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Sunday, February 9, 2014

Canadian Zombie Fiction

Richard Van Camp on Dead North: Canadian Zombie Fiction edited by Silvia Moreno-Garcia

Dead North is different from other zombie anthologies because it focuses on the speculative fiction aspect of the zombie genre.

Speculative fiction focuses on the human aspect of what happens next to us as a species. (Science fiction focuses on humanity’s future with an emphasis on technology.)

For Dead North, editor Silvia Moreno-Garcia asked writers to take the zombie genre in ways that we’ve never read it before.

I shared my all-out Wheetago War story “On the Wings of this Prayer” from my new collection, Godless but Loyal to Heaven, but each writer really delivered on this challenge.

In the first story, “The Herd” by Tyler Keevil, we have a protagonist who’s learned that you can actually eat zombies and there’s a pretty gross menu of ways zombie or “dead head” meat can be prepared. It can be salted, boiled, barbequed. I’ve never read anything like this.

For me there are two that broke my heart.

Carrie-Lea Cote wrote a story called “The Last Katajjaq” and it’s about a young woman who finally gets to sing a song for her people with her mom. Their camp is attacked by zombies who are running over the ice. Nobody knows what they are and as the attack is continuing and more of “the people” are being bit, the mother of the young girls goes to comfort her daughter. It’s her daughter’s last words that broke my heart. She says it in a whisper: “…I…I was…so…proud…I…got to sing..the katajjaq…”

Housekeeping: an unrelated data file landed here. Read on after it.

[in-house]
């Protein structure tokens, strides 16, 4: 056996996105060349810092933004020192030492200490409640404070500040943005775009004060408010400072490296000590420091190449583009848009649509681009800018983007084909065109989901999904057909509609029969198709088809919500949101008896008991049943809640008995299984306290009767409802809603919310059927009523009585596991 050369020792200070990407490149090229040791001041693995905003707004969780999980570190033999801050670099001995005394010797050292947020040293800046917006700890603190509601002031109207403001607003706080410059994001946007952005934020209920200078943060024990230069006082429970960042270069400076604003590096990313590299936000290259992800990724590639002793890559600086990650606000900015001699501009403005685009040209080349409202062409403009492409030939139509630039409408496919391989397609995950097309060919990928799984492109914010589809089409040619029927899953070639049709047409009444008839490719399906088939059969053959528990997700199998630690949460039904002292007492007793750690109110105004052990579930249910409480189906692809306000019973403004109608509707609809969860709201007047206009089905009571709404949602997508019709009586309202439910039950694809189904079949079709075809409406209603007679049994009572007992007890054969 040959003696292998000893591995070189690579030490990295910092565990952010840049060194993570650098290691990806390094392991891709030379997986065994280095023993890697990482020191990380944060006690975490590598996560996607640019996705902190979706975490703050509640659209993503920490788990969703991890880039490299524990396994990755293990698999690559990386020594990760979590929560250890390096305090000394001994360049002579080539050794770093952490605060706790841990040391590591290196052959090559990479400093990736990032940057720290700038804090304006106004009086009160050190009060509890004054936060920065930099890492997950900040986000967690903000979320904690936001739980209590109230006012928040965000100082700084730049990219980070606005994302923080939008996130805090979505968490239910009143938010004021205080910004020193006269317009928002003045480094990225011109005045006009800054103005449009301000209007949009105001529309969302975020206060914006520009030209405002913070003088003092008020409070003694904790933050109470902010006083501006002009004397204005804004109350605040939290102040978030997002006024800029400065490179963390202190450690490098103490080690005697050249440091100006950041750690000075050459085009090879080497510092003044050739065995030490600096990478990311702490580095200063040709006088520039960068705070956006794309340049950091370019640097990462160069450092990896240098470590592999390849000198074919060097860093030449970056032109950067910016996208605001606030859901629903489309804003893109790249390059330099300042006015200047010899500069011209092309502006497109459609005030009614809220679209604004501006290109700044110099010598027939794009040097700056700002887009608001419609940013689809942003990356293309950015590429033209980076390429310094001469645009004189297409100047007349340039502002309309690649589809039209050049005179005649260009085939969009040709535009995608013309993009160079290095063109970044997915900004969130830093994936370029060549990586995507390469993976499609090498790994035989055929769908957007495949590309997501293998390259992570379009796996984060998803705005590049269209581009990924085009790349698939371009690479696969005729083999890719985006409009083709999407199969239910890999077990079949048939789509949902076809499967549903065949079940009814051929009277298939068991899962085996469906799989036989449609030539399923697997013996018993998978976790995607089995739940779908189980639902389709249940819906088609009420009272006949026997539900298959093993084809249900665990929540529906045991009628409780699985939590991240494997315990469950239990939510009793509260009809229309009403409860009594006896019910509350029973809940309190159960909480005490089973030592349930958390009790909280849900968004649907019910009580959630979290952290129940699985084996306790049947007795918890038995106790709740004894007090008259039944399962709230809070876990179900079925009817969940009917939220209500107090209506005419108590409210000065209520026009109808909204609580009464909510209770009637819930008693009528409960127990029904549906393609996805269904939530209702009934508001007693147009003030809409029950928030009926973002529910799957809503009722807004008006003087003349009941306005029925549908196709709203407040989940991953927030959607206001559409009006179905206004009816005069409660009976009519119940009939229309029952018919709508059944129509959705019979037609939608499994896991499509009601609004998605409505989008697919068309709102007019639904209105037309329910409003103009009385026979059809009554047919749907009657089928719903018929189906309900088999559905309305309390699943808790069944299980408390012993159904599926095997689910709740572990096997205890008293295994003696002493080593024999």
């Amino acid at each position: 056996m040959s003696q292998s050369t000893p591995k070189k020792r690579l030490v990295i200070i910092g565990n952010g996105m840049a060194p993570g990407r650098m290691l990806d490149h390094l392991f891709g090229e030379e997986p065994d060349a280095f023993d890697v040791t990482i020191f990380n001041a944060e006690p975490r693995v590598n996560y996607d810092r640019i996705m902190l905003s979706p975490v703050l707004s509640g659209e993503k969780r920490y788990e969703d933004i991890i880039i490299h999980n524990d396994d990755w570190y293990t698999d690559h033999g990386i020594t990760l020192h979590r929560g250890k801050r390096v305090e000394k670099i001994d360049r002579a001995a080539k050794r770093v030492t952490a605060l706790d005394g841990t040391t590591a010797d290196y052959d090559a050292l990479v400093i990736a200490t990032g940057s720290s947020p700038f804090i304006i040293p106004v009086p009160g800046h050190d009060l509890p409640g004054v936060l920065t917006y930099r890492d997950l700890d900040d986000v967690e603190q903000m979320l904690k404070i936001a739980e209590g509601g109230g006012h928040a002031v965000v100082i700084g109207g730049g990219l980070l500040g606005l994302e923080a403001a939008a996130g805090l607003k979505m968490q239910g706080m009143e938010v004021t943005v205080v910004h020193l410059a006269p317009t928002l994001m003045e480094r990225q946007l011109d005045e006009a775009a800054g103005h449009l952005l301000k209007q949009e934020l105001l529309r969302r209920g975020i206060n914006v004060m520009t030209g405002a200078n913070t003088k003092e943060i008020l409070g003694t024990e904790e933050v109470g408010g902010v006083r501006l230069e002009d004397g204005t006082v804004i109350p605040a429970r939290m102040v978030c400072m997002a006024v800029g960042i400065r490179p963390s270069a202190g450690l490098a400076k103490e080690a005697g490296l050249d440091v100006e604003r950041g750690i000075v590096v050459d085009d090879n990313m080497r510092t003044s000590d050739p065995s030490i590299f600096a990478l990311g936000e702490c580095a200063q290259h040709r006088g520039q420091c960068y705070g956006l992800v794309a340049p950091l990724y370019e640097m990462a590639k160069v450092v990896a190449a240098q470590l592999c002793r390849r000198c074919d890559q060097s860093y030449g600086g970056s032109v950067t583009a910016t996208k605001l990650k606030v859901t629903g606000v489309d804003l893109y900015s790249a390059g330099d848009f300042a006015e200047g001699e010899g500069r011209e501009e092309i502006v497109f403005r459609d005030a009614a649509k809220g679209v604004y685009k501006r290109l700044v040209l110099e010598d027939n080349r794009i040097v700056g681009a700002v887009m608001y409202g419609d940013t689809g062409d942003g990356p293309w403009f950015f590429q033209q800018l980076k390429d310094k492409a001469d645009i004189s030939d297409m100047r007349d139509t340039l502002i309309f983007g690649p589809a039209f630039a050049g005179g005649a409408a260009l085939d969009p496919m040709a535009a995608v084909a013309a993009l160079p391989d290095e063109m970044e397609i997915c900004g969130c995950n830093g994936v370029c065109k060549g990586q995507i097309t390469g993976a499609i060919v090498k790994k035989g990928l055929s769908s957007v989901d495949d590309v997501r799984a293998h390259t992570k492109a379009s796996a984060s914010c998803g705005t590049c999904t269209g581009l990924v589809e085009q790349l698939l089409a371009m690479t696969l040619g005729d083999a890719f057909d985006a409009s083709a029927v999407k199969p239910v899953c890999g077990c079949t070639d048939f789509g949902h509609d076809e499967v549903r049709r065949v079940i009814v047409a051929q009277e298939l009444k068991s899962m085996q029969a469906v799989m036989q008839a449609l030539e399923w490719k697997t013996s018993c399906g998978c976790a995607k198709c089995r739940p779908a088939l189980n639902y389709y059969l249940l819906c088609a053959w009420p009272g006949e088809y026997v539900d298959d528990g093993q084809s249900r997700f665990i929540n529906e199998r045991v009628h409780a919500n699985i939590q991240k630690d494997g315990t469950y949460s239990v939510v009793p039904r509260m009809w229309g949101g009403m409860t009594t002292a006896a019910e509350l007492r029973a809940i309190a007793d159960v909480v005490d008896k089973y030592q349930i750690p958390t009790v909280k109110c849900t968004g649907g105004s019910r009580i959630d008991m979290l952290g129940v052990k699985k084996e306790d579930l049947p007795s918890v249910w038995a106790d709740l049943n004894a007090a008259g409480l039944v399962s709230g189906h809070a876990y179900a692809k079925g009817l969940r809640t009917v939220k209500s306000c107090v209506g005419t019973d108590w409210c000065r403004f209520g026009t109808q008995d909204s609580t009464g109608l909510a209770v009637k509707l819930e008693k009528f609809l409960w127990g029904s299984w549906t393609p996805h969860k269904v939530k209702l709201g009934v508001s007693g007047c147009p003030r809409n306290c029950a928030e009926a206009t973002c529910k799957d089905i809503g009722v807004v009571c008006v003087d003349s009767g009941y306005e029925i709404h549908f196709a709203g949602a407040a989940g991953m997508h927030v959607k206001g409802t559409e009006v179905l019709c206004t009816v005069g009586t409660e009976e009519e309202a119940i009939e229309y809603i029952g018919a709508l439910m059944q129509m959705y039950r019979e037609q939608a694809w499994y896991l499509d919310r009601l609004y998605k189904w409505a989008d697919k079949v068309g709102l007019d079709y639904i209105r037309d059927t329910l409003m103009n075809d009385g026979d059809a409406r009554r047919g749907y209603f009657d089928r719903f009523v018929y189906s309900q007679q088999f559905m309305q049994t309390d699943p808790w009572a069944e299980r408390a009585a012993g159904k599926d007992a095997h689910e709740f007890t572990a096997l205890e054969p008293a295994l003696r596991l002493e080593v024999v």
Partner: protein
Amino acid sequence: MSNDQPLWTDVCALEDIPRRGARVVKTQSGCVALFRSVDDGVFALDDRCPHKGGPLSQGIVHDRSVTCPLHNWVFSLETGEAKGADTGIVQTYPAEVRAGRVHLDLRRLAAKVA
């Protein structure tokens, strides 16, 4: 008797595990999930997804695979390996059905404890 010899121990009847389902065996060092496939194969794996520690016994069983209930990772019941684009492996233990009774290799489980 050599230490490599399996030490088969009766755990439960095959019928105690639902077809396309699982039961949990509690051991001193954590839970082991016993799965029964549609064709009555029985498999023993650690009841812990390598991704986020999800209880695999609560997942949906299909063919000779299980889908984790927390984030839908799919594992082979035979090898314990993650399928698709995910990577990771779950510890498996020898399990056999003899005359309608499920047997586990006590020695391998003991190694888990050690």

The last story in the collection, “Half Ghost” by Linda DeMeulemeester, is the one I think about daily since reading it because why wouldn’t you want to turn if you knew that survivors on the planet would keep bringing you fresh northern delicacies every day like fish, seal and blubber, so you wouldn’t feed on them?

The stories are from all over the country. There's one about a marijuana grow-up and that is set in Vancouver Island, BC. One is set in the Montreal bio dome. There's one in the Yukon, with airplane pilots. We have stories in Alberta, Newfoundland, but most of the stories take place in the arctic or sub-arctic.

In “Rat Patrol” by Kevin Cockle, the narrator, Arthur, a professional “Rat Killer”, which is code in the future of Alberta for Zombie Killer, Arthur speaks with Hank, someone who is turning slowly. Hank gives Arthur insight into what the spirit wants from the world, and it is so so creepy.

I love speculative fiction as it reminds us of what we have right now and it reminds us to cherish it. It’s interesting to me that it’s a fever or a sickness in so many of these narratives that kills most of humanity. Perhaps we fear where the world has already gone with our ancestors and that it may return to us so much stronger. We must be worried this sickness and fear will come back in our life time.

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